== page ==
How To Succeed in Business Without Really Trying
Last Saturday morning found me up at the crack of dawn and heading into New York City by 7:15am. I was online at the discount TKTS booth in Times Square by 8:30am. As an emissary for my family, I volunteered to go into the city and get us discounted tickets to a Broadway show for a group birthday gift (my mom, aunt, and I share birthdays within days of each other). My sister and cousin would be tagging along, making us a party of five.
I quietly hoped to secure tickets to How To Succeed in Business Without Really Trying but wasn’t really holding out much hope. Saturday matinees are very popular, and with Daniel Radcliffe (Harry Potter) and John Larroquette heading up the cast, I was pretty sure we’d end up with tickets to another show.
The booth opened promptly at 10am and the line, which had swelled to easily over 200 people since my arrival, surged forward. In a moment, I was face to face with the ticket agent and asked if she had five seats together for How To Succeed. Imagine my surprise and delight when she nodded! The tickets, most shows are 30-50% off retail price, were 30% off for mezzanine seats. My next worry: Would Daniel Radcliffe be in the show today?!?
My worry was for naught–apparently, the only time Daniel missed some shows (to promote HP7.2), they actually closed the production. As the lights went down and the orchestra music came up, the excitement in the Al Hirschfeld theater was palpable.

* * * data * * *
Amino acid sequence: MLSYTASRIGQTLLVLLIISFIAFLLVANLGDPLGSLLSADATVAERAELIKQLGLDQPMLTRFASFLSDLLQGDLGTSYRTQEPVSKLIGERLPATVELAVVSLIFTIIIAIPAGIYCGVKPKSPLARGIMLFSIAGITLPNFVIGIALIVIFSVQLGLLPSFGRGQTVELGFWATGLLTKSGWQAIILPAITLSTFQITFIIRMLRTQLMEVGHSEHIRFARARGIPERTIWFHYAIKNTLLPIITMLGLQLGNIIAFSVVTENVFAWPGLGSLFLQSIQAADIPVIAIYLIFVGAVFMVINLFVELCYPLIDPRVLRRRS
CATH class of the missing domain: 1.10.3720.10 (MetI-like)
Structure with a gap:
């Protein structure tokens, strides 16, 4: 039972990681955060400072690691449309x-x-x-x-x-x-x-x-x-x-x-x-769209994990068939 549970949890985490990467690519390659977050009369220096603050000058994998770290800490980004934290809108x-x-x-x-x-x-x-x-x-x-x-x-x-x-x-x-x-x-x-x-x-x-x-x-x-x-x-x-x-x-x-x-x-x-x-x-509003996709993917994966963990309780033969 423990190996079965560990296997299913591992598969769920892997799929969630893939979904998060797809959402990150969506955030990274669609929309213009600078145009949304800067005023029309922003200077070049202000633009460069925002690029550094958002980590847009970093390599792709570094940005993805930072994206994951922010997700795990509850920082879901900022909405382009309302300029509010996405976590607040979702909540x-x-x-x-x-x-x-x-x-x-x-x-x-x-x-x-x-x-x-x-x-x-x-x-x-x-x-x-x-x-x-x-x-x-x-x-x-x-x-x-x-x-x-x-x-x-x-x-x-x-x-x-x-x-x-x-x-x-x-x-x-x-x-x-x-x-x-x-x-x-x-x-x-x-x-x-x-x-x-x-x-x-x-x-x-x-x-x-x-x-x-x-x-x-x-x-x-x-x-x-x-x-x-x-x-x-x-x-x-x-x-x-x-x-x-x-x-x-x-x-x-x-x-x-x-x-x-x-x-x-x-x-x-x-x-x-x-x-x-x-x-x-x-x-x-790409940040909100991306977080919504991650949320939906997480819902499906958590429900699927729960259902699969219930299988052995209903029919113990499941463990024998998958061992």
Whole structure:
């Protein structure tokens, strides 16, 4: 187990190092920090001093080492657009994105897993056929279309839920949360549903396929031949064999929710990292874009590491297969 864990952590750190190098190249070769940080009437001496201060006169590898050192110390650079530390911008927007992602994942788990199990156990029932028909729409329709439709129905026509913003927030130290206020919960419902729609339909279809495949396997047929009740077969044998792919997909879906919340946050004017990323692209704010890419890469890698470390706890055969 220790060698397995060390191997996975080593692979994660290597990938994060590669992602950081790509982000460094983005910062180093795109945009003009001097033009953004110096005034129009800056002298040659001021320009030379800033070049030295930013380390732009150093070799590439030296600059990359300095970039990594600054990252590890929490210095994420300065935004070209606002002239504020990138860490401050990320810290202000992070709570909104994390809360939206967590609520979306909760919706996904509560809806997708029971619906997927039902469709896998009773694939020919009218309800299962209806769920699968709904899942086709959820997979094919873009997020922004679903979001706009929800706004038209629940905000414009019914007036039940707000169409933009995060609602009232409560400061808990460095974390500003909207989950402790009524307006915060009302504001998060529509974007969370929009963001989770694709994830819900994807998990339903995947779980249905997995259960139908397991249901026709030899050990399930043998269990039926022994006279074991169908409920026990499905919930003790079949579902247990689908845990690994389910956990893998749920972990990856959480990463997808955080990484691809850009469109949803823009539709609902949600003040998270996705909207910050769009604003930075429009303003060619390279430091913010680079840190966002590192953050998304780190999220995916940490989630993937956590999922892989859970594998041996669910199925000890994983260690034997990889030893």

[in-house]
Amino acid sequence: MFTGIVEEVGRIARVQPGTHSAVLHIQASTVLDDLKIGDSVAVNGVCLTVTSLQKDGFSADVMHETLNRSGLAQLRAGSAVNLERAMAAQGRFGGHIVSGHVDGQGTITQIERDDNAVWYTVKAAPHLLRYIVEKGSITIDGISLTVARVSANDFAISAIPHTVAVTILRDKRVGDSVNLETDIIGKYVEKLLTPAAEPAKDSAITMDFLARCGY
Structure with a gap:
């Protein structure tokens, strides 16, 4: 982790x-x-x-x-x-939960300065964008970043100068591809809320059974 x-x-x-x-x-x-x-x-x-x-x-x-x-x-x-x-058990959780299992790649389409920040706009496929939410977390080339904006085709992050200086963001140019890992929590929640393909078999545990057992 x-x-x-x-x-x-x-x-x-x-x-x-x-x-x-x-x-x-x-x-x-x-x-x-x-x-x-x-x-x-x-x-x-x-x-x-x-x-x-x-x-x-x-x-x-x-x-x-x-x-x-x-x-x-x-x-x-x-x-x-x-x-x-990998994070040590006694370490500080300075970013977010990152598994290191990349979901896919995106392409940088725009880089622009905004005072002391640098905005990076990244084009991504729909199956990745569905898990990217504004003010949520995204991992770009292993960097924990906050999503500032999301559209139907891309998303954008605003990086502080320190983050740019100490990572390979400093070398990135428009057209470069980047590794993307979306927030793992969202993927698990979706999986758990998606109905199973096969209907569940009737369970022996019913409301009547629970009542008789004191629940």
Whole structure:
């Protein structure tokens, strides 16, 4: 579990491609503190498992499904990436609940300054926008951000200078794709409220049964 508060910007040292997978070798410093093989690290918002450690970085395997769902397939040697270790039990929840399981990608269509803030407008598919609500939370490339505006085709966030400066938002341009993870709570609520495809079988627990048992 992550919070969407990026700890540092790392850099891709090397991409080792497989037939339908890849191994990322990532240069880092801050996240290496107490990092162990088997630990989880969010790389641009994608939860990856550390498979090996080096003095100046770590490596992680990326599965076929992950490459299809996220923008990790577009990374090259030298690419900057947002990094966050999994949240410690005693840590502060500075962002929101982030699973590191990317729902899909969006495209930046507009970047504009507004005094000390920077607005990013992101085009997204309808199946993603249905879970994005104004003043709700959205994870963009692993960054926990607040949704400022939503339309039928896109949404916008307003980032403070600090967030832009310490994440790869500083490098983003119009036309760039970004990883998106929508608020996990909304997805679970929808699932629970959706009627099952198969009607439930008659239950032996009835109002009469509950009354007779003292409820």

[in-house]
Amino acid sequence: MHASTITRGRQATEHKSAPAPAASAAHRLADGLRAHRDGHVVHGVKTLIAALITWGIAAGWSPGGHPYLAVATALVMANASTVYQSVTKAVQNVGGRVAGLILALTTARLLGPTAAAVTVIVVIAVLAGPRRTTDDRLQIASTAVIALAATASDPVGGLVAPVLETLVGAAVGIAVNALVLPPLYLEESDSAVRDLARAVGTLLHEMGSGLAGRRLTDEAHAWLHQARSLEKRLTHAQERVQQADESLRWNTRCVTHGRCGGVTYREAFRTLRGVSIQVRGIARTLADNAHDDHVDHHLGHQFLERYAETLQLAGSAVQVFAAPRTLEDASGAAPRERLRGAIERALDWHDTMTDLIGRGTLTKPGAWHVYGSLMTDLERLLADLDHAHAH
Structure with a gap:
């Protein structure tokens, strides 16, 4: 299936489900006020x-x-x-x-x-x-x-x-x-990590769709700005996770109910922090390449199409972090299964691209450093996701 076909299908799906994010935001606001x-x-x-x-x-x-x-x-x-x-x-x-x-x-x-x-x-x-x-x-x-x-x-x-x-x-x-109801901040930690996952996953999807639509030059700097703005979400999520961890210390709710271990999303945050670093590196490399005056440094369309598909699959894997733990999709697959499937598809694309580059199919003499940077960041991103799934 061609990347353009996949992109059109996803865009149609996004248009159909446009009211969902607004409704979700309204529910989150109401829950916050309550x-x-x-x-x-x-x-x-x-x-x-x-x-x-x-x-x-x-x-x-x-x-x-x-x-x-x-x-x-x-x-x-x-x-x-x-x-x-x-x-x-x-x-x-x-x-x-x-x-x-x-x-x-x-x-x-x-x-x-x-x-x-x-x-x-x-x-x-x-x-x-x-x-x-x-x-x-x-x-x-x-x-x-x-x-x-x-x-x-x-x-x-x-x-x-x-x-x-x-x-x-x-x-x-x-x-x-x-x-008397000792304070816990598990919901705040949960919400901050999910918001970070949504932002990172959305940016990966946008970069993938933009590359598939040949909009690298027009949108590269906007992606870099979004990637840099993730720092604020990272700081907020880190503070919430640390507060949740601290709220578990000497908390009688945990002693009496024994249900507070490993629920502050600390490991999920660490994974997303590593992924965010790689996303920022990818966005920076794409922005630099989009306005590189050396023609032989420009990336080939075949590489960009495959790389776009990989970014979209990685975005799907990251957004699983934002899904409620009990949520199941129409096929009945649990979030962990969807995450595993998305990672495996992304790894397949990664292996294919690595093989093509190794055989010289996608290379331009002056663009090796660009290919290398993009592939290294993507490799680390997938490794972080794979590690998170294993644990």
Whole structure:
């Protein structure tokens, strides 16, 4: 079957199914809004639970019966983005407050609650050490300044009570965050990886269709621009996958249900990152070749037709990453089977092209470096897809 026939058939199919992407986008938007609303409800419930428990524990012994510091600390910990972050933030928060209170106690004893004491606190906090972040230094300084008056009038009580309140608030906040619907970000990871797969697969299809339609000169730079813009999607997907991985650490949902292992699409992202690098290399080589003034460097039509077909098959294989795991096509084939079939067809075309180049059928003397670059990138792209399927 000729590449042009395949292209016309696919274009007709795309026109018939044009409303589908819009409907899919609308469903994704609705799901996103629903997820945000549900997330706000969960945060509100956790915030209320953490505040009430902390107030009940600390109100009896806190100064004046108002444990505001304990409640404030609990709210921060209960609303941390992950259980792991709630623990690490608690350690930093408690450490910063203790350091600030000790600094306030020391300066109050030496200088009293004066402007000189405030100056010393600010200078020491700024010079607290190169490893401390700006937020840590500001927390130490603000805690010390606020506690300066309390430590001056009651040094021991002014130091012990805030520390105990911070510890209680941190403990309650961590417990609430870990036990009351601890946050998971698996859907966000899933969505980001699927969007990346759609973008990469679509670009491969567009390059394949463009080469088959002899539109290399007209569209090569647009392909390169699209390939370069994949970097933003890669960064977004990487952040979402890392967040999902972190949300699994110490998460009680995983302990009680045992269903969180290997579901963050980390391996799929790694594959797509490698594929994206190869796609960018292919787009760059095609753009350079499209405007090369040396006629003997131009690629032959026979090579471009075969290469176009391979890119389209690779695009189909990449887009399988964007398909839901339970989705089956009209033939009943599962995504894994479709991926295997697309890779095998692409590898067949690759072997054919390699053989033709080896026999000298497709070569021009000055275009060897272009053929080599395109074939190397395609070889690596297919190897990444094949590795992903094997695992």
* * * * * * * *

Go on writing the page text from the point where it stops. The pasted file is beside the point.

And then, there he was in all his glory. The crowd (mostly adults!) went nuts as Daniel Radcliffe pulled himself up 20 feet into the air on a window washing contraption and began to sing! From that moment until the intermission, I was rapt, Radcliffe, Larroquette, and the rest of the cast held me spellbound. Typically, I’m not one for singing and dancing, but this musical was so much FUN–the actors, the costumes, the sets, the dancing, the colors–everything was magical!
Daniel Radcliffe played wonderfully off of John Larroquette who was brilliant with his comedic timing. A strong supporting cast included Rose Hemingway, Mary Faber, and Christopher J. Hanke, and I ate up the performance. After intermission, the first number or two were a bit slow but then it picked right back up and carried me to a crashing finale. The plaudits were deafening–especially when Daniel came out. He was so charming and turned bright pink trying to wave off the standing ovation.
As we filed out, an usher informed me that Daniel wouldn’t be leaving (and signing playbills) between the matinee and evening performance as he uses the few hours in between to shower, eat, and take a nap. I then led the charge to restaurant row on W. 46th where I hoped to get us a table at Becco, one of Lidia Bastianich’s restaurants. Serendipity was on my side because they managed to squeeze us in upstairs, and we enjoyed a lovely meal of soup, seafood, pasta, and salad.
We did a bit of walking after dinner and all agreed that it was a wonderful day. I so enjoyed the performance that I decided to try to start using the TKTS booth every Wednesday morning during the rest of my summer vacation to see as many Broadway shows as I can handle! I’ll let you know how my Wednesday Matinees shape up.